Thursday, 29 May 2014

Richard Tol says something incredible

To whit, this:
Science is not a set of results. It is a set of methods. 
It's difficult to know whether he really believes this but since he said it, let's take it at face value.

No, let's rewrite it.  Which of these make sense?

Football is not about the goals.  It is about passing the ball.
Golf is not about the number of shots.  It's about the quality of your swing.
Economics is not about the results. It is about the methods. 
The answer is, none of them make sense, and for good reason.  The results of sports and academic pursuits are what matters most.  How those results are achieved needs to be fair, within the rules.

I don't know so much about the dismal science but if Tol really believes that results in science do not matter then he is a dismal scientist.  Of course results matter. So long as the method is good, within the limitations of that method, the results must matter. What else is the point of a scientific (or anything else) investigation?

Let's hypothesise, for one moment.  Richard Tol's house is burgled. The police arrive and carry out a thorough investigation.  The case goes to court.  The forensic evidence is delivered by explaining the methods used to collect it. Everyone is court is waiting for the results of the investigation but the officer in the witness box states:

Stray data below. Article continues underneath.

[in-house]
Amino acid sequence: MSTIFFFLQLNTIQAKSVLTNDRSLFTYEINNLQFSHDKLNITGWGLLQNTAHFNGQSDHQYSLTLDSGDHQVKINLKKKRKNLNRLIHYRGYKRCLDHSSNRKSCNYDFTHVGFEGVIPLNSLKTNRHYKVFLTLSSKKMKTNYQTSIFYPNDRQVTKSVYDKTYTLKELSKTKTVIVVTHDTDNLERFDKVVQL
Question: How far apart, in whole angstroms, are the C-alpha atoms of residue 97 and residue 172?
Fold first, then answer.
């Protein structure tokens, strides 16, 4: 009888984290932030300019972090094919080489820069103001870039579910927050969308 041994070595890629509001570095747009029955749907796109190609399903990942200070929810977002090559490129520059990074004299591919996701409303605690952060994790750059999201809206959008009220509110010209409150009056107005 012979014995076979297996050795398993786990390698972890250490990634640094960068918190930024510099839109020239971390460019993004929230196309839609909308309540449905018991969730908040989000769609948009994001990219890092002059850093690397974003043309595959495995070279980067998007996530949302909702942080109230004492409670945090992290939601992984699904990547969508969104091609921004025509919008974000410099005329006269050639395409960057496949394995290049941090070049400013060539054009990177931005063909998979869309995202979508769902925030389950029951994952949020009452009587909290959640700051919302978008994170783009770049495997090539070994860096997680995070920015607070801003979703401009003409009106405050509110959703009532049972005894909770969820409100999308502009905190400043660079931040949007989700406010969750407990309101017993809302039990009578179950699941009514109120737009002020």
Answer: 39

Science is not a set of results. It is a set of methods. 
I'm sure Tol would see it differently.

So why say it?  Perhaps he does think science is not a set of results.  Perhaps it was a flippant remark written in a hurry, not thought through.  The recent confirmation of the Higgs boson is an example of where results clearly do matter.  In fact, from Kepler and Gilbert onwards, I can't think of any meaningful, accepted science that hasn't rested on results.  Furthermore, the results are what gets remembered well after the methods have been shunted to a footnote: the charge on an electron, the bending of light by matter, the strength of gravity.

So, sorry, Professor Tol, I think you're wrong.  Now, I know you are keen on defending yourself so feel free to come here and explain what you meant because I cannot see how you can possibly have been correct.


  1. Just a guess, but seems like a misunderstanding. Strictly speaking, I'd say he is correct, though I am certainly no fan of his. Your analogies change the meaning slightly by introducing a new word--it's not what science is "about," but, hmm, what it consists of. Does that help? If not, I can blab a bit further.

    1. What I should have said but omitted is science is the sum of the results and the methods. Without the two, science is nothing. Results alone do not make science and method alone is pointless.

  2. OK, fair enough, I agree that the purpose of the methods is to ascertain a result. Pretty fine distinctions here, but hairsplitting is Tol's specialty.

    1. More of Tol's useless engagement over Cook et al. People who feel obliged to conduct commentary and maintain a high level of involvement with a public topic often stretch themselves thin, and Tol is certainly no exception.

      His disagreement with Cook et al has gone nowhere for a long time, he has added no insights, and is still, going by the evidence of your link, reduced to blithely asserting Cook has failed. It's childish. Cook et al is what it is, a transparently conducted literature search with simple aims. Tol does not like the results, too bad. It doesn't matter to reality, and Tol's intransigence is no longer interesting.